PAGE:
OBJECTIVE—Mutations in the human HNF4A gene encoding the hepatocyte nuclear factor (HNF)-4α are known to cause maturity-onset diabetes of the young (MODY), which is characterized by autosomal-dominant inheritance and impaired glucose-stimulated insulin secretion from pancreatic β-cells. HNF-4α has a key role in regulating the multiple transcriptional factor networks in the islet. Recently, heterozygous mutations in the HNF4A gene were reported to cause transient hyperinsulinemic hypoglycemia associated with macrosomia.
RESEARCH DESIGN AND METHODS—Three infants presented with macrosomia and severe hypoglycemia with a positive family history of MODY. The hypoglycemia was confirmed to be due to hyperinsulinism, and all three patients required diazoxide therapy to maintain normoglycemia. Two of the three infants are still requiring diazoxide therapy at 8 and 18 months, whereas one of them had resolution of hyperinsulinemic hypoglycemia at 32 months of age.
RESULTS—Sequencing of the HNF4A gene identified heterozygous mutations in all three families. In family 1, a frameshift mutation L330fsdel17ins9 (c.987 1003del17ins9; p.Leu330fs) was present in the proband; a mutation affecting the conserved A nucleotide of the intron 2 branch site (c.264–21A>G) was identified in the proband of family 2; and finally a nonsense mutation, Y16X (c.48C>G, p.Tyr16X), was found in the proband of family 3.
CONCLUSIONS—Heterozygous HNF4A mutations can therefore cause both transient and persistent hyperinsulinemic hypoglycemia associated with macrosomia. We recommend that macrosomic infants with transient or persistent hyperinsulinemic hypoglycemia should be screened for HNF4A mutations if there is a family history of youth-onset diabetes.
Hyperinsulinemic hypoglycemia is characterized by the inappropriate secretion of insulin in relation to the blood glucose concentration and can be transient or persistent. Recent studies established that heterozygous mutations in the transcription factor hepatocyte nuclear factor (HNF)-4α (encoded by the HNF4A gene) are associated with a mild form of transient hyperinsulinemic hypoglycemia and considerable risk of macrosomia (1,2). HNF-4α is a transcription factor of the nuclear hormone receptor superfamily and is expressed in liver, kidney, gut, and pancreatic islets (3). It plays a key role in the regulation of pancreatic insulin secretion. Loss-of-function HNF4A mutations have been identified in maturity-onset diabetes of the young (MODY) families in both coding and regulatory regions of the gene, including the P2 promoter region, which is suggested to be the primary transcriptional start site used in β-cells (4,5). MODY is characterized by an autosomal-dominant inheritance pattern and impaired glucose-stimulated insulin secretion from pancreatic β-cells (4).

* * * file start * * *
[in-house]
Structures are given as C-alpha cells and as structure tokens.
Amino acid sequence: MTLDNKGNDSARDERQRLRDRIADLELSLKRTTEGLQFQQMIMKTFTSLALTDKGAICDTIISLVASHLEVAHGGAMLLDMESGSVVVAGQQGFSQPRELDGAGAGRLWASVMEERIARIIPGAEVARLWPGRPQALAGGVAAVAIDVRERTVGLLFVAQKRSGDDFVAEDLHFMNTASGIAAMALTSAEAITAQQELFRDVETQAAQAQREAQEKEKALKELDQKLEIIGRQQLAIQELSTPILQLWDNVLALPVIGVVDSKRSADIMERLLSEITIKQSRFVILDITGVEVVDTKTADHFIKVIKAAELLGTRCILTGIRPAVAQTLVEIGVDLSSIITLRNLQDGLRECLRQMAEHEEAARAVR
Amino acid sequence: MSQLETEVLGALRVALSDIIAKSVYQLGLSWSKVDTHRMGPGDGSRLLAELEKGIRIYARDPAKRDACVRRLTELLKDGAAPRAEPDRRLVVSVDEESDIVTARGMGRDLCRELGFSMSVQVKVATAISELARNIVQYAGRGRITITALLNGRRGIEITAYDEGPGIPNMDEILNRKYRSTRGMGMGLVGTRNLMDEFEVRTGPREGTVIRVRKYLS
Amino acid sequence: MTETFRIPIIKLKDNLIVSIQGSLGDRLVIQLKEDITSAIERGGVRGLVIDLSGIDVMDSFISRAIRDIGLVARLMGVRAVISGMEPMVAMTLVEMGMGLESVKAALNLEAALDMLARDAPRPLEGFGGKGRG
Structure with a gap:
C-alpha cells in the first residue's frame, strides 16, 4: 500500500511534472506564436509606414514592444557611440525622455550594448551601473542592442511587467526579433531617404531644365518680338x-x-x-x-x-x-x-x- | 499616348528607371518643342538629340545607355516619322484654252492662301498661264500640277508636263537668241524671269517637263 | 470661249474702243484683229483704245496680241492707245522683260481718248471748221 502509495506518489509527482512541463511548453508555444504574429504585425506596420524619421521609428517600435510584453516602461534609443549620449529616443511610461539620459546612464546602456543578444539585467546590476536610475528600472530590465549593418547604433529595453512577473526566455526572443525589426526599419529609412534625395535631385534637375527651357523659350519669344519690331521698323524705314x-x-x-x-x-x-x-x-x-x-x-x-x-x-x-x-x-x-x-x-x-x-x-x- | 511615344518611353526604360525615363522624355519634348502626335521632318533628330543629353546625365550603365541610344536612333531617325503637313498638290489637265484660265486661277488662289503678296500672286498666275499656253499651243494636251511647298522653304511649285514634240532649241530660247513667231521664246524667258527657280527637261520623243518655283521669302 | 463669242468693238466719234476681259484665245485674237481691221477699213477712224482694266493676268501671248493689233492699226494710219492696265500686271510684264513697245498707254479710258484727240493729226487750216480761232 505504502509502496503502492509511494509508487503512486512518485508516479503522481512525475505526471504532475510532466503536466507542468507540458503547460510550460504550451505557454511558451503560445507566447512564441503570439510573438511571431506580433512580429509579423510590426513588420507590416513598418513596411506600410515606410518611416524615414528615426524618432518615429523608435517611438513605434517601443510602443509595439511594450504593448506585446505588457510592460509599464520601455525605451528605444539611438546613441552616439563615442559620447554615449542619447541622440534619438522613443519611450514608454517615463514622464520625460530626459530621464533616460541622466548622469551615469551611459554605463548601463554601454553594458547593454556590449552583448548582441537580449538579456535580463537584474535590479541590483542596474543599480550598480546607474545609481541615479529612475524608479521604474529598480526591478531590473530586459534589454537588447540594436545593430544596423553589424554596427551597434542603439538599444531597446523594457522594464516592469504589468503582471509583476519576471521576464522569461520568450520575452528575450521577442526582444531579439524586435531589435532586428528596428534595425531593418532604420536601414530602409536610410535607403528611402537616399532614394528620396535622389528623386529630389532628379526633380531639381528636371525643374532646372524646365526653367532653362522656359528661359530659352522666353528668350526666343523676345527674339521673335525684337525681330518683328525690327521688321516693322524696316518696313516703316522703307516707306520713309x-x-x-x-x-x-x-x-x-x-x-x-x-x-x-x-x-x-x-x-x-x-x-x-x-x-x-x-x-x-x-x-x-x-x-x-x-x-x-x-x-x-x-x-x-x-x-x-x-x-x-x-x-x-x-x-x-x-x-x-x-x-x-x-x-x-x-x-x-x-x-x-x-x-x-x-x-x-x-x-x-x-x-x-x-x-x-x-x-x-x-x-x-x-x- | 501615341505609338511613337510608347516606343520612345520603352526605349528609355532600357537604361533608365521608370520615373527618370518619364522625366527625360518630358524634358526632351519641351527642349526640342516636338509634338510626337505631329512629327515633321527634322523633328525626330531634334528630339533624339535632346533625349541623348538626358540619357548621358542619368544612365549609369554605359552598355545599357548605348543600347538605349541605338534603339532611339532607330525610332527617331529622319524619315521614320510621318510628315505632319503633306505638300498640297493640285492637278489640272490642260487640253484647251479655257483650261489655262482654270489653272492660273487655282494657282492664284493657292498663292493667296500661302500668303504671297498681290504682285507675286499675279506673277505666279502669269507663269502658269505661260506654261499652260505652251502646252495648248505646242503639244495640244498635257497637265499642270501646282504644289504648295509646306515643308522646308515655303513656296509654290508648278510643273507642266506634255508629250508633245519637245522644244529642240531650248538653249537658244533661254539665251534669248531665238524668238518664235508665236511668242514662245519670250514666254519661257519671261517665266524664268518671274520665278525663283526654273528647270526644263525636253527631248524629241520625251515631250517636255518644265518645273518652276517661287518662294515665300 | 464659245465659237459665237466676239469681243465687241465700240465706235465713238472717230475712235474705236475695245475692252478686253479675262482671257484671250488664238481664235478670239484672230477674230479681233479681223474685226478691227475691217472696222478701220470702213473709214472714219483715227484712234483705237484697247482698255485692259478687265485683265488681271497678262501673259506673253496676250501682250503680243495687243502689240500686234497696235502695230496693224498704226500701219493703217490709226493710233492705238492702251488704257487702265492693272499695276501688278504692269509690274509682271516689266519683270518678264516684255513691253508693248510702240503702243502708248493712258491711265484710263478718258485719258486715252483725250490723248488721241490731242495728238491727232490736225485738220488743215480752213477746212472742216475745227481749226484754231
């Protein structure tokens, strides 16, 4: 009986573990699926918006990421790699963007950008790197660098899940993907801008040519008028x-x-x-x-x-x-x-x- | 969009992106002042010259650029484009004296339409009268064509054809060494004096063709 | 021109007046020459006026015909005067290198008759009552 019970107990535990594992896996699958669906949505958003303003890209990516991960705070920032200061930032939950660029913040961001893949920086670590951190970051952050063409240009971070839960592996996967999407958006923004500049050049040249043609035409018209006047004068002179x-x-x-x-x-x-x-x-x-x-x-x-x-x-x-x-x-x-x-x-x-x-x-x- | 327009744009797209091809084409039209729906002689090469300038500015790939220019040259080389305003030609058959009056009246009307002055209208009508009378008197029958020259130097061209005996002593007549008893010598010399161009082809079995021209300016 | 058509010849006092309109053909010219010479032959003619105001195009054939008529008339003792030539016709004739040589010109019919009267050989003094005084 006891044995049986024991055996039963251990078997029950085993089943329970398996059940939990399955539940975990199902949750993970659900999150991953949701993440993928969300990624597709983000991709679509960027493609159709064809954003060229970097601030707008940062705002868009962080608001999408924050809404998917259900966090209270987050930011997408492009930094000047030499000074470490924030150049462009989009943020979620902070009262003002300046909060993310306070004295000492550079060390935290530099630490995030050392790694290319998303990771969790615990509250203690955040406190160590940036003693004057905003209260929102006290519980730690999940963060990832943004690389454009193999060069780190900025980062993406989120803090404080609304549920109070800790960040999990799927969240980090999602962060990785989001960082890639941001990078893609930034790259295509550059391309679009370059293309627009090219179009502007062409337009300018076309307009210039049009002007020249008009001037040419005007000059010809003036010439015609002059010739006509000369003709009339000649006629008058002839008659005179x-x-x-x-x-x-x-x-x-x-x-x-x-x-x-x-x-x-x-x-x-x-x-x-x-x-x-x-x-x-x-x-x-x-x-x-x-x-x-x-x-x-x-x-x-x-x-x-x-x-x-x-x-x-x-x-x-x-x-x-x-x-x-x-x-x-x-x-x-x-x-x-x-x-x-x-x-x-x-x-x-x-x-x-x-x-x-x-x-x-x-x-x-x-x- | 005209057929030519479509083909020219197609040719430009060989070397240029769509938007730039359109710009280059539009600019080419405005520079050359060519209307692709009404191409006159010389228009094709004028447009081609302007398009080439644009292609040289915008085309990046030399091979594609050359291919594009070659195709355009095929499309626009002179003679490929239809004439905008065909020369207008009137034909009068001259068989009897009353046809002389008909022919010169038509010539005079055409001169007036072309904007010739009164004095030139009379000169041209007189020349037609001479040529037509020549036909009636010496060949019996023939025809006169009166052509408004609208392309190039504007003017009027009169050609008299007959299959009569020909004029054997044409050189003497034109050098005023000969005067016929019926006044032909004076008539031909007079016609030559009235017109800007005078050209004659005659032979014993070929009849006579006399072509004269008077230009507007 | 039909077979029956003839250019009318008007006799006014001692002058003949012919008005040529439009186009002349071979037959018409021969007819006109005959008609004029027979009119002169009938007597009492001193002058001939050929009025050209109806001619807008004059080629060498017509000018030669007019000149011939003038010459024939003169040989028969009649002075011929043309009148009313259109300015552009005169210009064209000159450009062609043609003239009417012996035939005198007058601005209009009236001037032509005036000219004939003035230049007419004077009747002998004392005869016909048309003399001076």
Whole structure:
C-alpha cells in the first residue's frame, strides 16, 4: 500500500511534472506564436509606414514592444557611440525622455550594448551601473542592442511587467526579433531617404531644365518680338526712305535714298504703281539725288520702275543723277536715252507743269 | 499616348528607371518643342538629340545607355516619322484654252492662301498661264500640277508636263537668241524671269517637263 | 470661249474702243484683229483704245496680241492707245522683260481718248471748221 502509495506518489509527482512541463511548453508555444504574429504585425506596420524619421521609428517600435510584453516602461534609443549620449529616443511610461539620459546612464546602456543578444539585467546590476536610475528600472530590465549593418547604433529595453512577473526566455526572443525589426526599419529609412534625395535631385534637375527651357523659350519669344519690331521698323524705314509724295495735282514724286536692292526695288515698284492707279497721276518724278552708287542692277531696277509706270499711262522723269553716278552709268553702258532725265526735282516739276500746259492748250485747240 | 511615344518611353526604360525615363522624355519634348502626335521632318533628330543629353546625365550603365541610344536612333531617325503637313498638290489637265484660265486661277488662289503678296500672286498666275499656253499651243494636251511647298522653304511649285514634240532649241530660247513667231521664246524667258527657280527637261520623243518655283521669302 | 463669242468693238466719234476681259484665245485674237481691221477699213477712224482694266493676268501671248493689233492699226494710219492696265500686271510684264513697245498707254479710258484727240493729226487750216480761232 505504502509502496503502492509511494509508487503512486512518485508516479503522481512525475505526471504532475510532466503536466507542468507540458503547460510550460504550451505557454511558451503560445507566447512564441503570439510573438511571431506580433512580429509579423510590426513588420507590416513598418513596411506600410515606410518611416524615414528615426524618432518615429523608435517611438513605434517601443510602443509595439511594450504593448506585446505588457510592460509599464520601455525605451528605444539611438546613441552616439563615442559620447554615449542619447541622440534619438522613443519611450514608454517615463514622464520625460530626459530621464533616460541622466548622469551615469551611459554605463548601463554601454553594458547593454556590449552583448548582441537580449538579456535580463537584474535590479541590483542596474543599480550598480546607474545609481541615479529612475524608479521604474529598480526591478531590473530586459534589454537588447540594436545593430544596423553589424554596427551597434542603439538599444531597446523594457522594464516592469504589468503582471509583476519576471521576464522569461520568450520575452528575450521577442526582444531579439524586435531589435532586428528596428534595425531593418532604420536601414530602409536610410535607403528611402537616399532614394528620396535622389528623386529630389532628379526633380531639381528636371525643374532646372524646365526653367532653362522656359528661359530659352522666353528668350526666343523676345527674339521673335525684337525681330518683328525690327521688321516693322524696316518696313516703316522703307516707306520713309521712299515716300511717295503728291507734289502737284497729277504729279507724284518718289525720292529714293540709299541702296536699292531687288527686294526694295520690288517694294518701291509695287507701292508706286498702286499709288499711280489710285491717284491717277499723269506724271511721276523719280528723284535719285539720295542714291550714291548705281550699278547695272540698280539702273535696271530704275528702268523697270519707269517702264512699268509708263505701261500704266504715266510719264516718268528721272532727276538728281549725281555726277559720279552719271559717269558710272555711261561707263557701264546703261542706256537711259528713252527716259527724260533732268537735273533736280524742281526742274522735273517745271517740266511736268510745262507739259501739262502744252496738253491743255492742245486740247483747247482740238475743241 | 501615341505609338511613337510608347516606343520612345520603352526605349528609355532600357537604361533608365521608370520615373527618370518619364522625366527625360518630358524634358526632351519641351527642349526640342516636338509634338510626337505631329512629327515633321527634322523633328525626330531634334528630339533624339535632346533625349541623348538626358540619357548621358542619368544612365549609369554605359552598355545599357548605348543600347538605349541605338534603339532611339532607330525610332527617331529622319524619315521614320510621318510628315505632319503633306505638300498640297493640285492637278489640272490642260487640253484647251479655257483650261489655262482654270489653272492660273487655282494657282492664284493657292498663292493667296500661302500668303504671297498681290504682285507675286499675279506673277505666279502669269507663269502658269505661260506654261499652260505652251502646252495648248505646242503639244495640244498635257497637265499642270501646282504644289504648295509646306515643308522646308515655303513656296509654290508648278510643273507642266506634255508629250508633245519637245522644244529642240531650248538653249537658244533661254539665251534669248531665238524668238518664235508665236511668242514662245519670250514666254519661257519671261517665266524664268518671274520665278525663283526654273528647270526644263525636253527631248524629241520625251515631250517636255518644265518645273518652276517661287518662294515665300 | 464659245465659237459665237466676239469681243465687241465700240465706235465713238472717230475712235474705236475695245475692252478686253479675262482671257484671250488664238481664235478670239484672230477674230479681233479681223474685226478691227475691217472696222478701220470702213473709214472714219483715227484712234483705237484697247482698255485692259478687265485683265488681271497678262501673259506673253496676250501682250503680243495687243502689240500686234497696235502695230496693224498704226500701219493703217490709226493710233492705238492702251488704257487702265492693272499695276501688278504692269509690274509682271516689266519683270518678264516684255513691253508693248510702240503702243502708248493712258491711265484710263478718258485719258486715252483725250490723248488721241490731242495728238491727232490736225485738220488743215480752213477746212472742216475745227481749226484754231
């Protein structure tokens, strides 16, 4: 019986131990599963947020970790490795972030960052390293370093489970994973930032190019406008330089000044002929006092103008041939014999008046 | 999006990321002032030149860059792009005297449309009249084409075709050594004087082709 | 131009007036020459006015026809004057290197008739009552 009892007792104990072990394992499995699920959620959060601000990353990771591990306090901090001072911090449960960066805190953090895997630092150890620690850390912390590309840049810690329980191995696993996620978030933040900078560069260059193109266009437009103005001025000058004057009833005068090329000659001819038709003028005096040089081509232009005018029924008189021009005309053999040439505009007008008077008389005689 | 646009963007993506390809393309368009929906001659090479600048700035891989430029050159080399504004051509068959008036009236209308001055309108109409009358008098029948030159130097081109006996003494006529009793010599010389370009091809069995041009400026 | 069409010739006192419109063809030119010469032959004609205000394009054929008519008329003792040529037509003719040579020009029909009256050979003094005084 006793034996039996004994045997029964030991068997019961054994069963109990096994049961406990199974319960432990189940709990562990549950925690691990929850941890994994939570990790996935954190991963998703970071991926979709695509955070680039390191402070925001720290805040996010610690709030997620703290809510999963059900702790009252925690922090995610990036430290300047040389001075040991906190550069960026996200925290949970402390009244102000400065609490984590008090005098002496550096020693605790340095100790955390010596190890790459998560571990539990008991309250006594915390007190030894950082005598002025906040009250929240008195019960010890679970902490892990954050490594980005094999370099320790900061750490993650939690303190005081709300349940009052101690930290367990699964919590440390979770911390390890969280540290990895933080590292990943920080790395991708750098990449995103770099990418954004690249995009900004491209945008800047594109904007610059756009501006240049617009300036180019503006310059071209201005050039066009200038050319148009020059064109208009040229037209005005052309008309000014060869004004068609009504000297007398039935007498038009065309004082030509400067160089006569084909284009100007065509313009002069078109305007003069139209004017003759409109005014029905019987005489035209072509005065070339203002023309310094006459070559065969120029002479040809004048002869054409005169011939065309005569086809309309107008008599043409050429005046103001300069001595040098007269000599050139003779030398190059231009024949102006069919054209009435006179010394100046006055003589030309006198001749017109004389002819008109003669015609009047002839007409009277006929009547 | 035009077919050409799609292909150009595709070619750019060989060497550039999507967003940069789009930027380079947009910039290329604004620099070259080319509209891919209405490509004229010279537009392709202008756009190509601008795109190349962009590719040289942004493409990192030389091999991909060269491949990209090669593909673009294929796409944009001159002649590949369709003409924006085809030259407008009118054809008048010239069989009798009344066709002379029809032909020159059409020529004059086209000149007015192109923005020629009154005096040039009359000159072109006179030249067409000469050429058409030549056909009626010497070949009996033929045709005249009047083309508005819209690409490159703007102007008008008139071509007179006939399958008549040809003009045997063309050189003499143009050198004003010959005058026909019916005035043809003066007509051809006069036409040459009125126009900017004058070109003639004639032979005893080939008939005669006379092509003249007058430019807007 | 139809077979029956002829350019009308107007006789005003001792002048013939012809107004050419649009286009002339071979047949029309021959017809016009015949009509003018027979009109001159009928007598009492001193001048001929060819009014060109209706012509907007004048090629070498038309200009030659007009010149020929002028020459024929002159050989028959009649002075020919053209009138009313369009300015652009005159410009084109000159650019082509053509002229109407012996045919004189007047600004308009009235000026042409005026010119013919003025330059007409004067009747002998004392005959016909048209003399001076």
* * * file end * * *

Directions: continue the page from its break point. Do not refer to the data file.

The finding of transient mild hyperinsulinemic hypoglycemia is unexpected, since heterozygous mutations in the HNF4A gene lead to loss of glucose-induced insulin secretion with glucose intolerance in these patients. We now extend the observations of two previous studies (1,2) and report that heterozygous HNF4A mutations can cause macrosomia with severe and persistent hyperinsulinemic hypoglycemia as well as MODY in three families.
RESEARCH DESIGN AND METHODS
Patient 1 was born at 39 weeks’ gestation with a birth weight of 5.9 kg after a vaginal delivery. The delivery was complicated with a prolonged second stage and shoulder dystocia. After delivery, the baby developed severe symptomatic hypoglycemia (jitteriness and irritability with a blood glucose concentration of 0.8 mmol/l). He required a continuous infusion of 25% dextrose delivering 25 mg · kg−1 · min−1 glucose, as well as an infusion of glucagon to maintain normoglycemia. Biochemical analysis showed an inappropriately raised level of insulin (103 mU/l) during hypoglycemia (glucose 1.6 mmol/l) along with undetectable serum ketone bodies and fatty acids. The hypoglycemia was responsive to 10 mg · kg−1 · day−1 of diazoxide. An 18fluoro-L-Dopa positron emission tomography (18F-DOPA-PET) scan showed intense uptake of tracer throughout the pancreas consistent with increased metabolic activity of the islets (Fig. 1).
The child was admitted again at 7 months for a trial off medications. During the 24-h profile, several hypoglycemic (blood glucose levels down to 2.1 mmol/l) episodes were documented, and therefore therapy was reinitiated with a good response. At the age of 8 months, the child remains on 8 mg · kg−1 · day−1 diazoxide and 5 mg · kg−1 · day−1 chlorothiazide with normoglycemia.
Our patient is the first child born to nonconsanguineous parents. There is a strong family history of diabetes, which is summarized in Fig. 2 (pedigree 1). The patient's father was diagnosed with diabetes at age 26 years and was treated with oral hypoglycemic agents. Interestingly, he was born macrosomic at 26 weeks’ gestation with a birth weight of 2.79 kg. The paternal grandmother was diagnosed with diabetes at age 17 years and was started on subcutaneous insulin therapy.